Hours after lunch, Freya still couldn’t relax. She tried to read, but the words swam together in her brain. She considered calling Mary, but she didn’t even know what she’d say.

She’d seen a veker out of control in the world, in exactly the way people feared, and had watched people run, heard them scream on the sidewalks. It was terrifying. What would happen to the man? What if it had been her instead?

Freya put on her shoes and jacket and slipped outside. It was early evening but already getting dark, and for a moment she felt a little glimmer of pleasure at the thought of taking a long walk. She could leave the Annex, maybe walk north and see where she ended up.

Suddenly, anxiety gripped her. No. Too far north and she would be close to the restaurant. Too close for comfort. What if she saw someone who recognized her? She never wanted a reminder of today ever again.

The Spadina streetcar screamed on its rails. She returned home with takeout pierogies from Future’s and opened a bottle of wine she’d been saving. Best to stay home in a nest of blankets on her bed, laptop propped up, stack of DVDs wobbling precariously on the uneven nightstand she’d found at the end of her street last summer.

Start with the classics, maybe they’ll be boring and relaxing. Breathless. Breakfast at Tiffany’s—oh wait, Mickey Rooney playing that racist Japanese caricature. Okay, a bit more modern. Can’t go wrong with some Ferris Bueller’s Day Off. Stay away from Sixteen Candles though—another racist Asian character. Should probably just throw those movies away. Fuck it, put on the Lord of the Rings trilogy and stop thinking about movies. Just throw the dinner stuff on the counter, ignore the clock, curl up and let the world slide away. Imagine a world more fantastical, where people with weird abilities are respected, spoken of reverently, in hushed tones, are made members of important councils that make important decisions using unique insight that regular people simply don’t have. Where people like me would go on adventures, quests that could change the world.

Where could she go to escape on a quest of her own? Maybe the Philippines, the one she knew through her father’s stories. Humid and hot, land of mythological creatures—maybe she could meet a real nuno sa punso, gain its trust. Or maybe tame Dad’s favourite, the half-horse trickster tikbalang.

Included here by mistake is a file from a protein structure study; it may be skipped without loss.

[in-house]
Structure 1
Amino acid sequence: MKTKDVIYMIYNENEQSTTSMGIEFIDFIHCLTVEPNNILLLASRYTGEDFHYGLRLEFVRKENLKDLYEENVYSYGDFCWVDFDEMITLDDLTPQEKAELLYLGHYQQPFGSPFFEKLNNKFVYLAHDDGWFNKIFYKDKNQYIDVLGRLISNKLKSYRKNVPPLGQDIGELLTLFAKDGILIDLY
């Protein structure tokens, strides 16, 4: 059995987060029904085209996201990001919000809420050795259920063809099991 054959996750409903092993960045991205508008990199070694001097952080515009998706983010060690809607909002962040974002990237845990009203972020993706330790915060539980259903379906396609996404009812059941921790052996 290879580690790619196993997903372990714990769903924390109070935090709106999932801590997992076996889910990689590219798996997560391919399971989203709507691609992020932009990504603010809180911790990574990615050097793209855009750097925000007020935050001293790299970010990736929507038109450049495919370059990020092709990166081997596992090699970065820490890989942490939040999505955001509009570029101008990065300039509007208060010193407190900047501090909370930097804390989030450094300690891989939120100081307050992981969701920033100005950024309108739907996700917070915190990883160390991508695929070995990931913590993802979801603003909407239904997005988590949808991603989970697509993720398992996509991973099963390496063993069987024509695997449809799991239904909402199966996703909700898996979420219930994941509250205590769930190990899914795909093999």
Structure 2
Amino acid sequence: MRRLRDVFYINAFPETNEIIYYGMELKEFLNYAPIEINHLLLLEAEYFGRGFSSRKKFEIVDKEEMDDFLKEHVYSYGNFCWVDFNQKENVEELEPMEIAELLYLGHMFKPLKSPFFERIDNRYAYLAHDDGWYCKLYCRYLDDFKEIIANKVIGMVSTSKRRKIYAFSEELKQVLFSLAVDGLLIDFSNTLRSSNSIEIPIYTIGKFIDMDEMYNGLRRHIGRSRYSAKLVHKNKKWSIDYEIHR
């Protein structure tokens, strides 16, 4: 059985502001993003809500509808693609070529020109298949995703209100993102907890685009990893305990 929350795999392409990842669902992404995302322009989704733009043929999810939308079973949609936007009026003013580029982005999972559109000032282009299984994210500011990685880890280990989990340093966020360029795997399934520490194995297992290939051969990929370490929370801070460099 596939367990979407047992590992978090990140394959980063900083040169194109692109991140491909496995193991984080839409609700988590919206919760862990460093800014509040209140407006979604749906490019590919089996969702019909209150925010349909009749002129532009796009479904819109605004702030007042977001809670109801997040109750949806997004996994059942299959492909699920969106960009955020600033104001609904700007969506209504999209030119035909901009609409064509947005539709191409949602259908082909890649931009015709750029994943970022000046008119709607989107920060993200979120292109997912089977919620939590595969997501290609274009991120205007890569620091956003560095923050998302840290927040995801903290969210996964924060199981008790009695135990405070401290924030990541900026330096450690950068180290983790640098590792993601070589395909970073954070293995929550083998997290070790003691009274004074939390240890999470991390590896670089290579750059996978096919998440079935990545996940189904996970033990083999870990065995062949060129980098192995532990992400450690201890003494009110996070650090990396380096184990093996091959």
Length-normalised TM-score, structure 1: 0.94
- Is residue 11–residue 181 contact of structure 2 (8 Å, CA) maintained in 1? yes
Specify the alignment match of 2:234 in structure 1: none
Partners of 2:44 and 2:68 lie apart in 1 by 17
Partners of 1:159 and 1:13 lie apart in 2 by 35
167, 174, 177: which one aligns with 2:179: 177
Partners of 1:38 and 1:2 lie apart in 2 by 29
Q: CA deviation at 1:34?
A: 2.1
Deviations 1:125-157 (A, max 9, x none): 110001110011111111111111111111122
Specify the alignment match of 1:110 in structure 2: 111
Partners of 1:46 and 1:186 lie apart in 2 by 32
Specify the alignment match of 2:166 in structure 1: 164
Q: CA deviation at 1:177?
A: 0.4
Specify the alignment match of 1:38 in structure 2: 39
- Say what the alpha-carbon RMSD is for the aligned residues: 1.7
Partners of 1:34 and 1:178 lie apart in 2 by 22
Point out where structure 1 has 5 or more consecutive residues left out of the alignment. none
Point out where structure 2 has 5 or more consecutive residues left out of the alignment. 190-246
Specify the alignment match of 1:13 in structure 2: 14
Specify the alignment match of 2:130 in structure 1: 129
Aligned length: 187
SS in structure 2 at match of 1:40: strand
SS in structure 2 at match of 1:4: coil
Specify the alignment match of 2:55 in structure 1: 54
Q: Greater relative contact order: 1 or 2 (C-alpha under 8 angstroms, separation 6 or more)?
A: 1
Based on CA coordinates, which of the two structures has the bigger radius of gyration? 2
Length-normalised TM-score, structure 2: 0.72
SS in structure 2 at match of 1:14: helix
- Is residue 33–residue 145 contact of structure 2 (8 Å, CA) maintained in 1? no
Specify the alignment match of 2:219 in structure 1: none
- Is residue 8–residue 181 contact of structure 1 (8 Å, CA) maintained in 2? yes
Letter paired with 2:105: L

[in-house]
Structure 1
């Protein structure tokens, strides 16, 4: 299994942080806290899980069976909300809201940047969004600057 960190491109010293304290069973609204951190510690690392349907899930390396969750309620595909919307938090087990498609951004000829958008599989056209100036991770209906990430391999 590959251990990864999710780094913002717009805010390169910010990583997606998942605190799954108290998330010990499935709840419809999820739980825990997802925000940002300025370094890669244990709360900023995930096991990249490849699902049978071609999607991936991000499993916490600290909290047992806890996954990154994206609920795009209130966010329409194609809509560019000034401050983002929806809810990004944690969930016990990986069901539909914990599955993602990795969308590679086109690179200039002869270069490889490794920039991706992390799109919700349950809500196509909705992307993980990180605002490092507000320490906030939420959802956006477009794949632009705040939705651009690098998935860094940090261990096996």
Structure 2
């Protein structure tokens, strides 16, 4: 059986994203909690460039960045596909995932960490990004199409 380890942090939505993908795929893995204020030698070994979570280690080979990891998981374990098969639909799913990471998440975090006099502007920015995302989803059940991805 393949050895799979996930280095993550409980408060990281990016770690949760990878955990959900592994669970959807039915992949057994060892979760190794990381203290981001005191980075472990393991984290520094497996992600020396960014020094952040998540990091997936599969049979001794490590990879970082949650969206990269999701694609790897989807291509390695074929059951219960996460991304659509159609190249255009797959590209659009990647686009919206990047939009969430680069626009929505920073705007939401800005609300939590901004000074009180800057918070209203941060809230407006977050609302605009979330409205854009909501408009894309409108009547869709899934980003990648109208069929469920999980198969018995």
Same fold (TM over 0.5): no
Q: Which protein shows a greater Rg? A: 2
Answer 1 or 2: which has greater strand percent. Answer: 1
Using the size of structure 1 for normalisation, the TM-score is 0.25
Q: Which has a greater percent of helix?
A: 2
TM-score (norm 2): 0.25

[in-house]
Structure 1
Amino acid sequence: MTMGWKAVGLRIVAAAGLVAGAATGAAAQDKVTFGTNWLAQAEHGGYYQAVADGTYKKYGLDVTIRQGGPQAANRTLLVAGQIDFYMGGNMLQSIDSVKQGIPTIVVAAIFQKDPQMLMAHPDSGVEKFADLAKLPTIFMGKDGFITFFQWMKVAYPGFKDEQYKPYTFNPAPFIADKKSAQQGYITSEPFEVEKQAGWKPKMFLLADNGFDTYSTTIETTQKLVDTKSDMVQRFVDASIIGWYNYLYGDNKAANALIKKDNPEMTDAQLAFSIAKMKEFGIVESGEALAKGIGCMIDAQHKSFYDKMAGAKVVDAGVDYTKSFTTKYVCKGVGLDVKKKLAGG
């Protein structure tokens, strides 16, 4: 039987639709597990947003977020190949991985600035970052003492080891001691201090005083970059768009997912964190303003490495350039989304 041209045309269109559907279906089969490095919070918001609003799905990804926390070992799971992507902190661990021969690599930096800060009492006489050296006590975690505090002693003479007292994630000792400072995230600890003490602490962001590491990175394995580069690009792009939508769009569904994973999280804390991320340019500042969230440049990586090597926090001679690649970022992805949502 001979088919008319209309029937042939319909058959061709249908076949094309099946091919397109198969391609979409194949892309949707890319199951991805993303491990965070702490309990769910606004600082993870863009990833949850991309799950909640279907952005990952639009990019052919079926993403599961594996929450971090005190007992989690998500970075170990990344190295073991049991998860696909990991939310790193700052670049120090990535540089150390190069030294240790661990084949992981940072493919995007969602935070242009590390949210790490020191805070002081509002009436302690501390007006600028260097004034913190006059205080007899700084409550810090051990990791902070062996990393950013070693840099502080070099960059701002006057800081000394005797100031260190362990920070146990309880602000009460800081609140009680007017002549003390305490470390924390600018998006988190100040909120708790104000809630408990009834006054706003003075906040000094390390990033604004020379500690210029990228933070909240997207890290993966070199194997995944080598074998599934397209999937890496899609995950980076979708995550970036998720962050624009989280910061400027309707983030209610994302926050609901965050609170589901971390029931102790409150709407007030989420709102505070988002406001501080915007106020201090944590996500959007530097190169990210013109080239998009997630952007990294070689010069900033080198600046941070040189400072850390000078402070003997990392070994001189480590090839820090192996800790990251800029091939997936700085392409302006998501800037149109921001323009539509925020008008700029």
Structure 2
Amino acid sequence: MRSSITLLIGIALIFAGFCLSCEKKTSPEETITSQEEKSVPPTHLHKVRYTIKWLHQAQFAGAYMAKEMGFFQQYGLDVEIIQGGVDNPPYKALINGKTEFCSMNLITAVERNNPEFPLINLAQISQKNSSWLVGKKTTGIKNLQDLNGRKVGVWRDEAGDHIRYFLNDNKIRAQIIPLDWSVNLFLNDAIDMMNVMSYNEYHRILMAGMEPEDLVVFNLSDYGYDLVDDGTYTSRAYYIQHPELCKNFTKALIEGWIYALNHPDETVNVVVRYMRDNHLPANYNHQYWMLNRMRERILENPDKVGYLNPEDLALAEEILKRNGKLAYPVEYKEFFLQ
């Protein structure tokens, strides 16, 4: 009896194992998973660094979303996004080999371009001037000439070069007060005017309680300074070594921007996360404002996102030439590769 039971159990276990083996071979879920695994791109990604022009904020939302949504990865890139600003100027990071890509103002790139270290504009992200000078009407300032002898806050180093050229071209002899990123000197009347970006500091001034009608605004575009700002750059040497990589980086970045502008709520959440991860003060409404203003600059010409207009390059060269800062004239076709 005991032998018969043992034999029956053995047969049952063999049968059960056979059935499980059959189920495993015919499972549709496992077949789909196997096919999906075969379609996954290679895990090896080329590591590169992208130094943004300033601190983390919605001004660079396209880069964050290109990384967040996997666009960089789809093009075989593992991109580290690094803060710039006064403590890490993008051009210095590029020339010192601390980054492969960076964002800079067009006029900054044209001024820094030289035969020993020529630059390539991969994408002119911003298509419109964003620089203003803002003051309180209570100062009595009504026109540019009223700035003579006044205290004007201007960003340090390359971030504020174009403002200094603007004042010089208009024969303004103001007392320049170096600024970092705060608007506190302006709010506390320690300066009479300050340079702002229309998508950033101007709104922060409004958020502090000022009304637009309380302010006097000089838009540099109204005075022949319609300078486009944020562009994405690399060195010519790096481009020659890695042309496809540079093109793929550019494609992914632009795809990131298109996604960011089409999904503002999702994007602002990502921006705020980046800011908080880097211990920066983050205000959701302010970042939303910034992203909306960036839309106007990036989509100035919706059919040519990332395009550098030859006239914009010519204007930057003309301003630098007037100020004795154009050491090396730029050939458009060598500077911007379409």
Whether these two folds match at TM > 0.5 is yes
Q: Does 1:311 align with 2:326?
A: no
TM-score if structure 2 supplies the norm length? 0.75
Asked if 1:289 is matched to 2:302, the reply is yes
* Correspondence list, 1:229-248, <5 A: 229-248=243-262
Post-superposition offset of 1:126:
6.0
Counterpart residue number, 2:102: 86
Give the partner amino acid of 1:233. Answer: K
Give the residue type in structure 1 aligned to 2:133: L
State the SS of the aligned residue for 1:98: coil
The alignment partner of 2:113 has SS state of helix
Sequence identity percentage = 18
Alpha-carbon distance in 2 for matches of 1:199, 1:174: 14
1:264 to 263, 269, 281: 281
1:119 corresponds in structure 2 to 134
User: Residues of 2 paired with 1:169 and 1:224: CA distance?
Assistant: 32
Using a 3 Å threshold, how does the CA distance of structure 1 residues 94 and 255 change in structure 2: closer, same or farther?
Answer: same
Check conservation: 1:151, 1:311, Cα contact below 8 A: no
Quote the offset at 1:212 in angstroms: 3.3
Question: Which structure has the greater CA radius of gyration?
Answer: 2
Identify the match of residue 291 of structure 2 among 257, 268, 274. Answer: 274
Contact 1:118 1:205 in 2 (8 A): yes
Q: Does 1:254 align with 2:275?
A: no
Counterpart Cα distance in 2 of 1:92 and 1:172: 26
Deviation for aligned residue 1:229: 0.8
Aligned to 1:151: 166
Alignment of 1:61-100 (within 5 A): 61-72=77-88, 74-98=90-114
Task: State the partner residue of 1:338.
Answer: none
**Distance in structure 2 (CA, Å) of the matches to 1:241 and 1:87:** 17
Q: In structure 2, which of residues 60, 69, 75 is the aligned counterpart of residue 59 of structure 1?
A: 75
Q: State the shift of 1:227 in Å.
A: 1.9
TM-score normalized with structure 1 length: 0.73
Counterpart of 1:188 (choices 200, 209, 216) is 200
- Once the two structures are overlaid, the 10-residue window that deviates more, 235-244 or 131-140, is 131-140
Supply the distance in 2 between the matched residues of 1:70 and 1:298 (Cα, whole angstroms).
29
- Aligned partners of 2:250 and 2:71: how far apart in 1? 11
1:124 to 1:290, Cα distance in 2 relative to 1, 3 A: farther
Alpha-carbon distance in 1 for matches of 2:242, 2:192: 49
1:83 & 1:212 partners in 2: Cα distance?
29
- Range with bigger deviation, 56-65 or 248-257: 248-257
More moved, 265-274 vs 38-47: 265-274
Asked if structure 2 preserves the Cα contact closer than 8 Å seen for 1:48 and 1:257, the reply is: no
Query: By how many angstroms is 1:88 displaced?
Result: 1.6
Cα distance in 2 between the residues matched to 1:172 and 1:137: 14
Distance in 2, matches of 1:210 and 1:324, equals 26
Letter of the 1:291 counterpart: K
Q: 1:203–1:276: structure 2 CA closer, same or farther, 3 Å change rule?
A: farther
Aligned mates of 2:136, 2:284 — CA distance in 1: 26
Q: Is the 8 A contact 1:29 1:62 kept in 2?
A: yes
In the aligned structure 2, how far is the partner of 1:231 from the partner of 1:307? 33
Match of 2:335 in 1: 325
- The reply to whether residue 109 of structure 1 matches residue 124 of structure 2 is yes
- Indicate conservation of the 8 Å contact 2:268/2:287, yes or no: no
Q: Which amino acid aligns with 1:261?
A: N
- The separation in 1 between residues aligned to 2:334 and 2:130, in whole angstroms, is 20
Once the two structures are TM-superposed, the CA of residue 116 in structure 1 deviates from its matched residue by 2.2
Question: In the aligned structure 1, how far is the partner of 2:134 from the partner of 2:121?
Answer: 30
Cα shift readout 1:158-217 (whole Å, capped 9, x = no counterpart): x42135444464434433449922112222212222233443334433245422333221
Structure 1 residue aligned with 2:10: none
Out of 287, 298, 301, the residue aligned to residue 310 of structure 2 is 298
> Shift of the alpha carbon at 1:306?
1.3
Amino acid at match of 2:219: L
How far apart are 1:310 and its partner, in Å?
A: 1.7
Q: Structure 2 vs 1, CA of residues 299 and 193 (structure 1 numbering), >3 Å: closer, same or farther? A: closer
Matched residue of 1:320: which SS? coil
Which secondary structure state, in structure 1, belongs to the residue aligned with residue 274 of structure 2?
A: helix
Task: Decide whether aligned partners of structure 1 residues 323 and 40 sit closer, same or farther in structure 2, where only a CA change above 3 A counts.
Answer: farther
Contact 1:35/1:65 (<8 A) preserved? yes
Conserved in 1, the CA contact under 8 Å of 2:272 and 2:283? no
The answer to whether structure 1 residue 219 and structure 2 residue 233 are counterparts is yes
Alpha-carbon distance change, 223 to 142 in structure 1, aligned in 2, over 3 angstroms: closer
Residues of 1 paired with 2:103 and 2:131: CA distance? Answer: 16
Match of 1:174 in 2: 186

Or maybe she could go to Norway. The cold wind, the northern lights, the crackling quiet, the land of her mother and her name and her power.

She shifted her legs, felt the air around her change, grow hotter and then colder.

How long had she not been alone?

The shadowy figure in the corner of her small apartment filled her with dread, but also a strange comfort. A sense of inevitability. The stale taste of red wine gummed her mouth shut as she tried to greet it, but a greeting wasn’t necessary. The shadows shifted as it moved, changed size. It turned from a half-horse creature into a tiny old man, his long beard trailing on the floor as he moved closer to Freya using a strange crouching hop.

The nuno touched Freya’s wrist and she knew she had been cursed. The imprint of his hand flared. And then he was gone.

Freya tried to move, talk, anything, but she was frozen, curled around her dead laptop, her useless books, the detritus of her waking life.

She wrenched her eyes toward the window, willing her heart to slow. Why was her window so big? Why were her curtains wide open? Falcons soared across her vision. A cloak drawn across the moon. A glittering chariot pulled by two cats. They burned the goddess Freya three times, she remembered, and it was the cause of a war, a war so endless that everyone just got tired of fighting. Freya banished to the wrong side, forever.

She couldn’t wake up. The night so long that she saw every Vanir, every Aesir, learned all of their faces. A dream so long that she saw every nuno sa punso in every mound of earth, learned their names and their histories. She wondered if she had become a manananggal, separated from her lower body, flying forever in a desperate attempt to rejoin herself before she was burned by the sun.

But when the sun finally rose, Freya welcomed the fire, welcomed the release from the endless night.